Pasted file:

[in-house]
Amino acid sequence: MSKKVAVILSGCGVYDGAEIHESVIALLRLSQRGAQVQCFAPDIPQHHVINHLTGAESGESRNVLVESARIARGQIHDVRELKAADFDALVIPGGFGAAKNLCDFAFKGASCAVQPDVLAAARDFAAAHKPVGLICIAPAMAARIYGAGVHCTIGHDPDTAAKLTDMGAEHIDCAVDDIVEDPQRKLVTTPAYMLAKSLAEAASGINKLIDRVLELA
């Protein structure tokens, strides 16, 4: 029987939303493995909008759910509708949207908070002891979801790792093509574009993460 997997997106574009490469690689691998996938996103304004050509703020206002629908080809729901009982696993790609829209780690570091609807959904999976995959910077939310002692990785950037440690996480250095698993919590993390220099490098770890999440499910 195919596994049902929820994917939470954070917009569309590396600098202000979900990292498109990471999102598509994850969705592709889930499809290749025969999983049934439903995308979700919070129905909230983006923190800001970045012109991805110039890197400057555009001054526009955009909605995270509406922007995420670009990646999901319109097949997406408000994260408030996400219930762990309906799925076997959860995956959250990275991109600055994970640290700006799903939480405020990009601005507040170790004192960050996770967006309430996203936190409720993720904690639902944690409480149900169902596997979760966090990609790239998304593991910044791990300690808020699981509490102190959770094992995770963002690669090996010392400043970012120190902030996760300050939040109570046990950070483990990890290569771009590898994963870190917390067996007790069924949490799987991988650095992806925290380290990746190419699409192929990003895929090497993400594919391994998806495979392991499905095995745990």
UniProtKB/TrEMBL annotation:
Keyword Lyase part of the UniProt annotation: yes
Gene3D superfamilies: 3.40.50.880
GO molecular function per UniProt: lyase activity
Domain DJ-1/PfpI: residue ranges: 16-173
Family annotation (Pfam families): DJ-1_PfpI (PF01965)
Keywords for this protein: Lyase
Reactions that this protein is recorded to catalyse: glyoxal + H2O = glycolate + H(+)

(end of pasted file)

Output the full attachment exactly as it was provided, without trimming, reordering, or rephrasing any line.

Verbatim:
[in-house]
Amino acid sequence: MSKKVAVILSGCGVYDGAEIHESVIALLRLSQRGAQVQCFAPDIPQHHVINHLTGAESGESRNVLVESARIARGQIHDVRELKAADFDALVIPGGFGAAKNLCDFAFKGASCAVQPDVLAAARDFAAAHKPVGLICIAPAMAARIYGAGVHCTIGHDPDTAAKLTDMGAEHIDCAVDDIVEDPQRKLVTTPAYMLAKSLAEAASGINKLIDRVLELA
């Protein structure tokens, strides 16, 4: 029987939303493995909008759910509708949207908070002891979801790792093509574009993460 997997997106574009490469690689691998996938996103304004050509703020206002629908080809729901009982696993790609829209780690570091609807959904999976995959910077939310002692990785950037440690996480250095698993919590993390220099490098770890999440499910 195919596994049902929820994917939470954070917009569309590396600098202000979900990292498109990471999102598509994850969705592709889930499809290749025969999983049934439903995308979700919070129905909230983006923190800001970045012109991805110039890197400057555009001054526009955009909605995270509406922007995420670009990646999901319109097949997406408000994260408030996400219930762990309906799925076997959860995956959250990275991109600055994970640290700006799903939480405020990009601005507040170790004192960050996770967006309430996203936190409720993720904690639902944690409480149900169902596997979760966090990609790239998304593991910044791990300690808020699981509490102190959770094992995770963002690669090996010392400043970012120190902030996760300050939040109570046990950070483990990890290569771009590898994963870190917390067996007790069924949490799987991988650095992806925290380290990746190419699409192929990003895929090497993400594919391994998806495979392991499905095995745990």
UniProtKB/TrEMBL annotation:
Keyword Lyase part of the UniProt annotation: yes
Gene3D superfamilies: 3.40.50.880
GO molecular function per UniProt: lyase activity
Domain DJ-1/PfpI: residue ranges: 16-173
Family annotation (Pfam families): DJ-1_PfpI (PF01965)
Keywords for this protein: Lyase
Reactions that this protein is recorded to catalyse: glyoxal + H2O = glycolate + H(+)